Agree or disagree with Jim Walker’s views he’s never less than entertaining and the former president of NFUS and Quality Meat Scotland was at it again at Kelso Discussion Society.
Red rag to a bull doesn’t quite do justice to the number of topics that set him off and he seemed to take aim at most of them at his usual machine-gun speed. He criticised politicians for gimmicky policies, NFU Scotland and livestock organisations for failing to stand up to politicians, civil servants in Scotland and Brussels for endorsing common agricultural policy (CAP) systems designed for administrators rather than farmers, and farmers for complaining about unfair treatment from supermarkets and meat processors.
As a prime exponent of doing it, he advised farmers to think for themselves about how to tackle their future. Have the guts to take the tough decisions, he said, and make sure you have the skills to apply them. Learn the rules of whatever game you’re in and play to them better than anyone else.
He also had a word, and it wasn’t sympathetic, for aspiring and actual new entrants to farming who complain that they aren’t given a fair chance. Mr Walker said: “Not finding it easy to get a start in farming is just the way of things. It’s never been easy. You’ve also got to wonder why we should encourage them into a life of slavery.”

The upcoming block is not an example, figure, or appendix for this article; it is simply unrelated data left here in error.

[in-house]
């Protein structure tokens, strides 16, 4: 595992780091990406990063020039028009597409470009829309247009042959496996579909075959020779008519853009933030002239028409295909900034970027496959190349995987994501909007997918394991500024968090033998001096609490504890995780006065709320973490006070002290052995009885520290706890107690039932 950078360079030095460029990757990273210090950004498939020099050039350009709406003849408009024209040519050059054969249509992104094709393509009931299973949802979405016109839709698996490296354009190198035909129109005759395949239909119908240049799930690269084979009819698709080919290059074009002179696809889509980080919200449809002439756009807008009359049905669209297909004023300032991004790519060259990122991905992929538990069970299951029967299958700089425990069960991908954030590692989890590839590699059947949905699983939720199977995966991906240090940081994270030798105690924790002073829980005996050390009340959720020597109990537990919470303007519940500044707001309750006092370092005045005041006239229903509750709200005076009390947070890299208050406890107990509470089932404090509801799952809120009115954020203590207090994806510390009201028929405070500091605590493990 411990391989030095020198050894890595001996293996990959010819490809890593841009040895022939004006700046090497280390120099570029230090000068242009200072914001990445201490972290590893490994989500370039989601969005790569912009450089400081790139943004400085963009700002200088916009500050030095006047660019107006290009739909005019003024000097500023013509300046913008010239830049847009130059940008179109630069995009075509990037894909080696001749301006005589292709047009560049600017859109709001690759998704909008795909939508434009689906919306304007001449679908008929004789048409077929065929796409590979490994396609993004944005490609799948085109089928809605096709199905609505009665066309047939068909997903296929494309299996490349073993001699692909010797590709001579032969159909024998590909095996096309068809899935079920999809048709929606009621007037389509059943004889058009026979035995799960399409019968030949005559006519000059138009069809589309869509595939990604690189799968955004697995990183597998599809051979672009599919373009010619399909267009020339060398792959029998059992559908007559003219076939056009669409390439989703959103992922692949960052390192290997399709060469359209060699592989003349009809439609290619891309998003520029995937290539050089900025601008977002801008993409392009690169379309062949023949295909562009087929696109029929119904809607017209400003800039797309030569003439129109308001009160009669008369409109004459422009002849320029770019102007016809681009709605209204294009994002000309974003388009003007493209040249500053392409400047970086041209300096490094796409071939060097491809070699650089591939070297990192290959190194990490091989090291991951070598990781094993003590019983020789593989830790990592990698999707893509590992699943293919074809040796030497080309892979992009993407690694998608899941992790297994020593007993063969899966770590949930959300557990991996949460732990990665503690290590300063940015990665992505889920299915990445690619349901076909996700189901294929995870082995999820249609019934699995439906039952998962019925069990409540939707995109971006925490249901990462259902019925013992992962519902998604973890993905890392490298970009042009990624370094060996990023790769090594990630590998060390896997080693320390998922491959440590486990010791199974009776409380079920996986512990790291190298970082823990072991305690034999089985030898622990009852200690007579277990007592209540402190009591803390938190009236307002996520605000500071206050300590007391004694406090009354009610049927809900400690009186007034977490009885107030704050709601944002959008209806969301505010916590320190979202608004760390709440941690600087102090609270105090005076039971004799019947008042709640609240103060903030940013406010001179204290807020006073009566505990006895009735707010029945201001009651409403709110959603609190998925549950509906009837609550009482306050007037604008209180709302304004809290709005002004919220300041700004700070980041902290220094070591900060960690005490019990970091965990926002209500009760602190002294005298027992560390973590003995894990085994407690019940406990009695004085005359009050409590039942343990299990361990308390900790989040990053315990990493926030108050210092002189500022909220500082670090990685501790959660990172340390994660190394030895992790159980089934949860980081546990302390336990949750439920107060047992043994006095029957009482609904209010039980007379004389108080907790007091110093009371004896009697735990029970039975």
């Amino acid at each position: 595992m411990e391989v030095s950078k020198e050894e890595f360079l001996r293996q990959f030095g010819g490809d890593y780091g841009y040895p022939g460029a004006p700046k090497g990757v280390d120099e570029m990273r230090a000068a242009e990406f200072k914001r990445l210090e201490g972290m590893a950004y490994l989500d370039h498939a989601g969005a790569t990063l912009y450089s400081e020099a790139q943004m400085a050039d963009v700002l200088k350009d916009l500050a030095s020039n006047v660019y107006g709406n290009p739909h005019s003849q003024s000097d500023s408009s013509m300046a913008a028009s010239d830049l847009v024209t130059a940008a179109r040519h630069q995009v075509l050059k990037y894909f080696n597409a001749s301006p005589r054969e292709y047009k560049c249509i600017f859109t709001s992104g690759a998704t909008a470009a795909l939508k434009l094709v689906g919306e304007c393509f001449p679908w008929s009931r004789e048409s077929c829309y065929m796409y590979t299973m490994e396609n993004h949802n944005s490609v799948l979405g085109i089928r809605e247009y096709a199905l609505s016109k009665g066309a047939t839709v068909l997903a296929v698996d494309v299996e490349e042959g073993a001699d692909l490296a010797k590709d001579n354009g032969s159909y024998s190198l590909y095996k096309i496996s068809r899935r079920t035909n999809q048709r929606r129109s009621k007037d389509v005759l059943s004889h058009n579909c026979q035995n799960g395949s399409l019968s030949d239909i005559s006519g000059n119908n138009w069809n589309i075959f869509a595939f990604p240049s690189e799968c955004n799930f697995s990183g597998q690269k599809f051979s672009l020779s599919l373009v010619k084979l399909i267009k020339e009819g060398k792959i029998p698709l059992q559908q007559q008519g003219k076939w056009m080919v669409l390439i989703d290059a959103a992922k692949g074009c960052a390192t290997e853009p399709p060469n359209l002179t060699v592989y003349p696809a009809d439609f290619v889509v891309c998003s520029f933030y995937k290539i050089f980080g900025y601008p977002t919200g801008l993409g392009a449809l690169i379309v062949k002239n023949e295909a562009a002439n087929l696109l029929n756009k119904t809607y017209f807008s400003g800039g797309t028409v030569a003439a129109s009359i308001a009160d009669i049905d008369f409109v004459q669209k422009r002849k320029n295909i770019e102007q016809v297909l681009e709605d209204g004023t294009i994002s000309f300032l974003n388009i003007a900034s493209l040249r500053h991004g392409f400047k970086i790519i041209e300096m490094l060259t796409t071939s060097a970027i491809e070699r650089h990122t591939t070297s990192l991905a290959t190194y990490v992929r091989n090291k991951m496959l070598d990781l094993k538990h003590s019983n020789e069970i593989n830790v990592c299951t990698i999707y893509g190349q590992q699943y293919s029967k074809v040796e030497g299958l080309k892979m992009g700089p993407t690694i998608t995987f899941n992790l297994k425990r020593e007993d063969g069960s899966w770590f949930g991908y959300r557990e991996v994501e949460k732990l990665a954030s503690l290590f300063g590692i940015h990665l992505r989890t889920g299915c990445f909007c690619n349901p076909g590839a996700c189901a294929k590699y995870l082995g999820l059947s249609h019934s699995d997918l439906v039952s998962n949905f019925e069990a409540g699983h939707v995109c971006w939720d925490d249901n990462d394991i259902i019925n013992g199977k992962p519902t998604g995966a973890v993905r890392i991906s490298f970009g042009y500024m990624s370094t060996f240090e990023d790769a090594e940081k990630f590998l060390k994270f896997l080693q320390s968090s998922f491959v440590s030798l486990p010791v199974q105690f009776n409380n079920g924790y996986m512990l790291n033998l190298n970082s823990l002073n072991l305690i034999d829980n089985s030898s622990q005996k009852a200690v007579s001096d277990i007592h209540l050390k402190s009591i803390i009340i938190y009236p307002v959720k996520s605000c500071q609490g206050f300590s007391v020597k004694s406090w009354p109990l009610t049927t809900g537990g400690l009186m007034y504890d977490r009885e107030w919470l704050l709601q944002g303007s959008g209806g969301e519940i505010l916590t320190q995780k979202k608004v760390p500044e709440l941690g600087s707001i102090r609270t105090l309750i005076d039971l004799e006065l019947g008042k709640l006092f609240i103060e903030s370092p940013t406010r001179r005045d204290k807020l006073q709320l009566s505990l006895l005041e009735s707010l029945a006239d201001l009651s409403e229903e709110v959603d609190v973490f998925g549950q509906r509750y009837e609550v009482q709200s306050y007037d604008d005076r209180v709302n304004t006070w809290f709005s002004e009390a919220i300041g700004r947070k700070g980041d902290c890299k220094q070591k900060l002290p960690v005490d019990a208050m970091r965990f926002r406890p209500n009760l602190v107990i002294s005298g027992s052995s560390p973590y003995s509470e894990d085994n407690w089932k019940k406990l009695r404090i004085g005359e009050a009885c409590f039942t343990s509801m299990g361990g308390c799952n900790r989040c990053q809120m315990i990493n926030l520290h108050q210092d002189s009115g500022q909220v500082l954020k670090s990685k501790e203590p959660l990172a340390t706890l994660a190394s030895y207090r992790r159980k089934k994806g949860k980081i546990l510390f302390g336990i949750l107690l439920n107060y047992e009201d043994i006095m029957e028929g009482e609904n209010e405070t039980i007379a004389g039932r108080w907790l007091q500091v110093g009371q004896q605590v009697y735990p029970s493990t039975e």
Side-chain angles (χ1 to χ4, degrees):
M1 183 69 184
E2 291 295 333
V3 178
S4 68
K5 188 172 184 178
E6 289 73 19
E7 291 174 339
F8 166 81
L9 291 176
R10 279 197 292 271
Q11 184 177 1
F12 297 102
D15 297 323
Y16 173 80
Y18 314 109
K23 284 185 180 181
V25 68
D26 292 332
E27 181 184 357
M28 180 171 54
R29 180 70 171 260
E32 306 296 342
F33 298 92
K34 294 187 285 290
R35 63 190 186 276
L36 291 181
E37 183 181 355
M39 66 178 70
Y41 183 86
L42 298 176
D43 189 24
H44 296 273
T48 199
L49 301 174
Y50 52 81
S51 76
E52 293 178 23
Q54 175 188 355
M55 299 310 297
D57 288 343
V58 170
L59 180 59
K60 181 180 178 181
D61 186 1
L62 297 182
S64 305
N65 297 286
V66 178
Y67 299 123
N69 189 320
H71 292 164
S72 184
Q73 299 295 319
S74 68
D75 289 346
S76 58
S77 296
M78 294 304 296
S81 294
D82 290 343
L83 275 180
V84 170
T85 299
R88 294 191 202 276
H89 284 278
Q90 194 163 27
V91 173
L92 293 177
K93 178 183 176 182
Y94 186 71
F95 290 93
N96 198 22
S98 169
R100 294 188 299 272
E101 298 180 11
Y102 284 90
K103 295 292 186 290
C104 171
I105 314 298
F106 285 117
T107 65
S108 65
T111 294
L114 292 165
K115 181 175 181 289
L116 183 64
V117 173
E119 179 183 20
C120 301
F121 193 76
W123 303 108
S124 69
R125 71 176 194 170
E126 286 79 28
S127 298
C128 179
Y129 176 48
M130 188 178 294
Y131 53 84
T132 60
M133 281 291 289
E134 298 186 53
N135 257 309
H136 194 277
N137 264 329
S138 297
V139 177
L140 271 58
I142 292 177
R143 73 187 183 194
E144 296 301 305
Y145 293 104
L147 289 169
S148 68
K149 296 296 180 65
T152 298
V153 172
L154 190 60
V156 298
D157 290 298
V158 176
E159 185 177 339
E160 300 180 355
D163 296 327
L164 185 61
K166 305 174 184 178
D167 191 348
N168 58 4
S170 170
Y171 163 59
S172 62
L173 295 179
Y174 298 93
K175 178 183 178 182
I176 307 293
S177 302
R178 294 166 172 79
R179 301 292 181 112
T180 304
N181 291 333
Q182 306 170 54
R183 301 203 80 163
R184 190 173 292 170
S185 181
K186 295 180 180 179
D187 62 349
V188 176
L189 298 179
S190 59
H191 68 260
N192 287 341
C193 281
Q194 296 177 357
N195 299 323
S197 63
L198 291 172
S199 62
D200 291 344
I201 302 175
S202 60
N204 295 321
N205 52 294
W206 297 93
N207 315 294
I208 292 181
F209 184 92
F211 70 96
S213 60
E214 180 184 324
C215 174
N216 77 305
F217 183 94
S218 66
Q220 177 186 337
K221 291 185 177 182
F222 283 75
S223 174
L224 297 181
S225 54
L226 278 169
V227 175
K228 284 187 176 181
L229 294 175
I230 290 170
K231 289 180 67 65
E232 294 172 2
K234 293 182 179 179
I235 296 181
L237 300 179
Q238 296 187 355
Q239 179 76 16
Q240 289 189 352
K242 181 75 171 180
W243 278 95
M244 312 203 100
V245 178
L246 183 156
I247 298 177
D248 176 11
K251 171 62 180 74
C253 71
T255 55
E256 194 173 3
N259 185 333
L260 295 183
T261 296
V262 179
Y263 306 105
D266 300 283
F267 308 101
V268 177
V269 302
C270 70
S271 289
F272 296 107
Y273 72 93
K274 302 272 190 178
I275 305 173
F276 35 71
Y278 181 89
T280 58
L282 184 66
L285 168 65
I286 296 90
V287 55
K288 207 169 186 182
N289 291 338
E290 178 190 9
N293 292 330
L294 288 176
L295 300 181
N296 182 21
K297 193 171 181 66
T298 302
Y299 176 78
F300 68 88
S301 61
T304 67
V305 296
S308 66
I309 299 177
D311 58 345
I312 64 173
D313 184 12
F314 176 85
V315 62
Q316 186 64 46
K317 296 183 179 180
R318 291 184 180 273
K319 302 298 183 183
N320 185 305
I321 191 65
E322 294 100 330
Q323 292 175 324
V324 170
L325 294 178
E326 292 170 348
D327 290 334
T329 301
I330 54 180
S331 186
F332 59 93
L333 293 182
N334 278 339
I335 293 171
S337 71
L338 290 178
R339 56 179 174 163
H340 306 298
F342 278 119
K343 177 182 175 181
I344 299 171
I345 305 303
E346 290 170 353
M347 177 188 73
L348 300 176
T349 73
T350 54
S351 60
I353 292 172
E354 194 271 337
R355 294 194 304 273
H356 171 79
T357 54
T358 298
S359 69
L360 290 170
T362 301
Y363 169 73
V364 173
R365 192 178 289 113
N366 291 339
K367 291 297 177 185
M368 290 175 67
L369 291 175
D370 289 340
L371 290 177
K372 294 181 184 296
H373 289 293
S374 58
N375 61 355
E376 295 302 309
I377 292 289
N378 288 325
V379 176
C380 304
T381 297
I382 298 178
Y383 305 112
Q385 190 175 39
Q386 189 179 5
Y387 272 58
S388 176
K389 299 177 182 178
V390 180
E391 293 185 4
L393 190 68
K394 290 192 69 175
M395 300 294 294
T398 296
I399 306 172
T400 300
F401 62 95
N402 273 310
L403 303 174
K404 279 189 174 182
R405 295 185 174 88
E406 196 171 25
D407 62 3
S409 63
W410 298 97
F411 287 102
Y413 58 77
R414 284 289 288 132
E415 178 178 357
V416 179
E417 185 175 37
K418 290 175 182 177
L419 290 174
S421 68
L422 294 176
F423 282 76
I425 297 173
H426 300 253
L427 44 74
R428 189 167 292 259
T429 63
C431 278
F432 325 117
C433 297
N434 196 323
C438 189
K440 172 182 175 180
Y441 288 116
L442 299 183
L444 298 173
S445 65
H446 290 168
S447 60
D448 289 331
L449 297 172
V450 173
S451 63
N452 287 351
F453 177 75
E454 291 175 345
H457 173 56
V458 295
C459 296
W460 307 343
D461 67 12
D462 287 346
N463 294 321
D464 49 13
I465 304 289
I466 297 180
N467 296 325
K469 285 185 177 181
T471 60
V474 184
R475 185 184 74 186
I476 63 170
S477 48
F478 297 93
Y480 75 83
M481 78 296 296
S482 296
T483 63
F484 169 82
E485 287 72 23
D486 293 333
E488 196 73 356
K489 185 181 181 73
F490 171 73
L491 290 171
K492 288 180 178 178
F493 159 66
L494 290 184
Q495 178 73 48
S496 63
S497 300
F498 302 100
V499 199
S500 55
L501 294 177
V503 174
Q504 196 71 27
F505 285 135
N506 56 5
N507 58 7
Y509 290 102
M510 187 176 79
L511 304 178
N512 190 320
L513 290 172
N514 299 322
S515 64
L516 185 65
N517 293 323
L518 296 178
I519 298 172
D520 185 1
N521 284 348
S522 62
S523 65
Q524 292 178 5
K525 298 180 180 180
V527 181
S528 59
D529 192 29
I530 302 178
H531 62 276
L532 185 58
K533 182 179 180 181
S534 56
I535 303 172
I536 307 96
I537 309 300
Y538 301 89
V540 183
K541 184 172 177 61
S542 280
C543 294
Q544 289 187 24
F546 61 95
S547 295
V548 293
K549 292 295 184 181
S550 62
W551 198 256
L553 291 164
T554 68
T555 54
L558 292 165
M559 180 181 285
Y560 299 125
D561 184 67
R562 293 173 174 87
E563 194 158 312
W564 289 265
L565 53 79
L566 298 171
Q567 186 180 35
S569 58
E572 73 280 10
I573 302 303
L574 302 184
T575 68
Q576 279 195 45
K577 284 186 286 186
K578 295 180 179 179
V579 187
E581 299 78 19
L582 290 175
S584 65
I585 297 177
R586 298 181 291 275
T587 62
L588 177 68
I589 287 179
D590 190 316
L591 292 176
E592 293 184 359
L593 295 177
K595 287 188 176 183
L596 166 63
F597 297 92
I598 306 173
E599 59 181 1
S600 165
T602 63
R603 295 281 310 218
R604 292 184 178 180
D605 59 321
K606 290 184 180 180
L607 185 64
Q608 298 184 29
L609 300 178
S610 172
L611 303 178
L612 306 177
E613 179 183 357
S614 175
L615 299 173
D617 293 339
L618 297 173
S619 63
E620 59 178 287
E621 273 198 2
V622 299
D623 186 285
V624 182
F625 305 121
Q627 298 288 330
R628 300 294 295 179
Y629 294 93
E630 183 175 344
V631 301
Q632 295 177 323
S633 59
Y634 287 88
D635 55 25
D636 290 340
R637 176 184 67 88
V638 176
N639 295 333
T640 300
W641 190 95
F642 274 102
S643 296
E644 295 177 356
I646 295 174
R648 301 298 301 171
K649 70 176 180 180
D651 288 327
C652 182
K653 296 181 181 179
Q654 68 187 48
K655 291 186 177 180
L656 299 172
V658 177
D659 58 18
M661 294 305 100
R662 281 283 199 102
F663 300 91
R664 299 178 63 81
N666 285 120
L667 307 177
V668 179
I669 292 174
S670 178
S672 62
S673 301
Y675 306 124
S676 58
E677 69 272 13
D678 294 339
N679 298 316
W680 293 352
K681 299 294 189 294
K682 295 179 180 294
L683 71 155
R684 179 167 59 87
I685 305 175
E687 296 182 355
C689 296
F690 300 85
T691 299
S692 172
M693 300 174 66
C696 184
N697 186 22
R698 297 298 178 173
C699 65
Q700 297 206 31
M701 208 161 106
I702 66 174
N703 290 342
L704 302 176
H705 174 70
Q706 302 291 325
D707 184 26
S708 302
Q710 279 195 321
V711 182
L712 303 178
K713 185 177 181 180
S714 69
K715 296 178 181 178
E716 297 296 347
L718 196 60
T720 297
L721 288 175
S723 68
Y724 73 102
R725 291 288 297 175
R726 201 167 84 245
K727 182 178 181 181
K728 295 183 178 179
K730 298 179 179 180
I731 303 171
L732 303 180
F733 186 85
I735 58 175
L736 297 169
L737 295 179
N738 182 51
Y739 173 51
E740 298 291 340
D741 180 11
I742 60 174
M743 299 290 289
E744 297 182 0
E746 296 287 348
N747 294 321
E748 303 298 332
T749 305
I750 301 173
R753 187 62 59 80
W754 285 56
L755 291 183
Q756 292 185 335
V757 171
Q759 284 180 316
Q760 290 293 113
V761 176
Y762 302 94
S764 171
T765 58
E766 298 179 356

It wasn’t quite like that for him, but he pointed out that when starting with a hill farm in 1984 – courtesy of his father – he had 130 beef cows and 800 breeding ewes, but also an overdraft of £150,000.
A long struggle to establish a sound business followed, he said, but when “the wheels fell off” hill farming in 1996, he, like many others, received a massive setback. That was also when he decided to get involved in farming politics and the rest is, more or less, history.
He added what I often think myself – although not mentioning that great minds think alike because there would be a race to provide the alternative saying about fools – that no one is forcing new entrants to try and get a start. If they are determined and refuse to give up then good luck to them, some will always make it one way or another.
At last week’s successful AgriScot show at Ingliston, Jim Fairlie outlined one of them. From a housing estate in Perth, Mr Fairlie got a job working with sheep when he left school. He was hooked and went on to work as a shepherd for more than a dozen years while always looking for land to rent and sheep to graze on his own.
Six years ago he got the chance of a contract farming agreement with Mansfield estates and now runs 2000 ewes and a small herd of cattle on a hill farm.
Most of us can think of at least one example of something similar in our own parish. There is no “one fits all” magic formula, but it can be done.